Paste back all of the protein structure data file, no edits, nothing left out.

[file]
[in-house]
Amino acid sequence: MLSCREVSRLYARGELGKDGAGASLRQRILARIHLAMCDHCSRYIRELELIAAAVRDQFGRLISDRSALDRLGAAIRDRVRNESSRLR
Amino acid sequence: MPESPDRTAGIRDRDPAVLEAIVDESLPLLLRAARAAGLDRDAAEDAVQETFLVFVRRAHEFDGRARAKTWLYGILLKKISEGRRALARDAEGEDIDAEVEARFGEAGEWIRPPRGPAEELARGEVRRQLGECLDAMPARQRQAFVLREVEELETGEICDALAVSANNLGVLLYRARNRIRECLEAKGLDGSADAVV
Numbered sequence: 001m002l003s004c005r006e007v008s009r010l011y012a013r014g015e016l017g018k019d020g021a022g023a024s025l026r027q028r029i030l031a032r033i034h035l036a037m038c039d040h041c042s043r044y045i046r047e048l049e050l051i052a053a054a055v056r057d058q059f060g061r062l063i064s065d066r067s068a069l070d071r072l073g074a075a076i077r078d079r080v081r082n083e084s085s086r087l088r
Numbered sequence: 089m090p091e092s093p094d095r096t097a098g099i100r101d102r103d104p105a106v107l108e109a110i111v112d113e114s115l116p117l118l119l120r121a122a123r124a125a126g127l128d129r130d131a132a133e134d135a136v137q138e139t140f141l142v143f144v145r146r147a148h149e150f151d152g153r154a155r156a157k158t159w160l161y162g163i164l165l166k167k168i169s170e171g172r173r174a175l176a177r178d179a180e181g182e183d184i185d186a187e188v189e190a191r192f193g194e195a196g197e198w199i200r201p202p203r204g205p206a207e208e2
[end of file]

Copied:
[in-house]
Amino acid sequence: MLSCREVSRLYARGELGKDGAGASLRQRILARIHLAMCDHCSRYIRELELIAAAVRDQFGRLISDRSALDRLGAAIRDRVRNESSRLR
Amino acid sequence: MPESPDRTAGIRDRDPAVLEAIVDESLPLLLRAARAAGLDRDAAEDAVQETFLVFVRRAHEFDGRARAKTWLYGILLKKISEGRRALARDAEGEDIDAEVEARFGEAGEWIRPPRGPAEELARGEVRRQLGECLDAMPARQRQAFVLREVEELETGEICDALAVSANNLGVLLYRARNRIRECLEAKGLDGSADAVV
Numbered sequence: 001m002l003s004c005r006e007v008s009r010l011y012a013r014g015e016l017g018k019d020g021a022g023a024s025l026r027q028r029i030l031a032r033i034h035l036a037m038c039d040h041c042s043r044y045i046r047e048l049e050l051i052a053a054a055v056r057d058q059f060g061r062l063i064s065d066r067s068a069l070d071r072l073g074a075a076i077r078d079r080v081r082n083e084s085s086r087l088r
Numbered sequence: 089m090p091e092s093p094d095r096t097a098g099i100r101d102r103d104p105a106v107l108e109a110i111v112d113e114s115l116p117l118l119l120r121a122a123r124a125a126g127l128d129r130d131a132a133e134d135a136v137q138e139t140f141l142v143f144v145r146r147a148h149e150f151d152g153r154a155r156a157k158t159w160l161y162g163i164l165l166k167k168i169s170e171g172r173r174a175l176a177r178d179a180e181g182e183d184i185d186a187e188v189e190a191r192f193g194e195a196g197e198w199i200r201p202p203r204g205p206a207e208e2